(MoneyWatch) Fixed mortgage rates continue to fall, according to Freddie Mac's latest Primary Mortgage Market Survey (PMMS). The average 30-year fixed-rate mortgage (FRM) has matched or hit a new record low for 10 of the last 11 weeks.
The 1-year adjustable-rate mortgage (ARM) also reached a new low this week.
Mortgage rates for the week ending July 5, 2012, are as follows:
The 30-year FRM averaged 3.62 percent, down from last week's average of 3.66 percent. One year ago, the 30-year FRM averaged 4.60 percent.
The average for a 15-year FRM was 2.89 percent this week, down from last week's average of 2.94 percent. At this time last year, the 15-year FRM averaged 3.75 percent.
5-year Treasury-indexed ARM rates averaged 2.79 percent, unchanged from last week. A year ago, the 5-year ARM averaged 3.30 percent.
A 1-year Treasury-indexed ARM averaged 2.68 percent this week, a new record low. This is down from last week's average of 2.74 percent, and a significant decrease from last year's average of 3.01 percent.
"Recent economic data releases of less consumer spending and a contraction in the manufacturing industry drove long-term Treasury bond yields lower over the week and allowed fixed mortgage rates to hit new all-time record lows," Frank Nothaft, vice president and chief economist for Freddie Mac, said in a press release Thursday.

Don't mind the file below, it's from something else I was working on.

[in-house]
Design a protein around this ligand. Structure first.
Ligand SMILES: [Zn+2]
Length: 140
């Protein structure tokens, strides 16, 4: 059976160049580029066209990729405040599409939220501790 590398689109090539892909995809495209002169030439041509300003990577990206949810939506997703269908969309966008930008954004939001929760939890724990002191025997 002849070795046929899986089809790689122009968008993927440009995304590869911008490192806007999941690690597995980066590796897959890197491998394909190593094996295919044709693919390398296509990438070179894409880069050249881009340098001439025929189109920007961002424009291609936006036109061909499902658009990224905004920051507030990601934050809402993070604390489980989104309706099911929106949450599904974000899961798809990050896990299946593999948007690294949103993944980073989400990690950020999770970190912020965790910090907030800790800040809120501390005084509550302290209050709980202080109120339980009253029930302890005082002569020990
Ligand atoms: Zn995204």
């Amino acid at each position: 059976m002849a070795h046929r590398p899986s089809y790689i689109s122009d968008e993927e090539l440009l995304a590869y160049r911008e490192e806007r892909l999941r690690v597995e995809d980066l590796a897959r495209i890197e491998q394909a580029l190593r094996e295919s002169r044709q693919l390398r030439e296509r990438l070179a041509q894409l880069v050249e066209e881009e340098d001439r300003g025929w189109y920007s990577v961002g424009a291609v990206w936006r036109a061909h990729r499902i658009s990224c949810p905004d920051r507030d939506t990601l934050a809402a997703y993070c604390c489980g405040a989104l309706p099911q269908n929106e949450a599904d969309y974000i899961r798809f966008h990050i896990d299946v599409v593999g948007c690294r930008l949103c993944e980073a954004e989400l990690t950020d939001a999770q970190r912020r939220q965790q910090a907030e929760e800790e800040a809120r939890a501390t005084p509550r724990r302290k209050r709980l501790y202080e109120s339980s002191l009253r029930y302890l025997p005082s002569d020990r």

"Growth in personal expenditures was revised downward to an annualized rate of 2.5 percent in the final GDP estimates for the first quarter of the year," Nothaft continued. "In addition, monthly consumer spending in April was revised from a 0.3 percent gain to 0.1 percent and was unchanged in May. Finally, the Institute for Supply Management reported that manufacturing shrank in June, the first decline since July 2009."
If you have the cash and are on the market for a new home, now's the time to dive in. The combination of low mortgage rates and affordable home prices make this a great time to buy. Just make sure your credit is in good shape, since lenders are less willing to write loans for "risky" borrowers.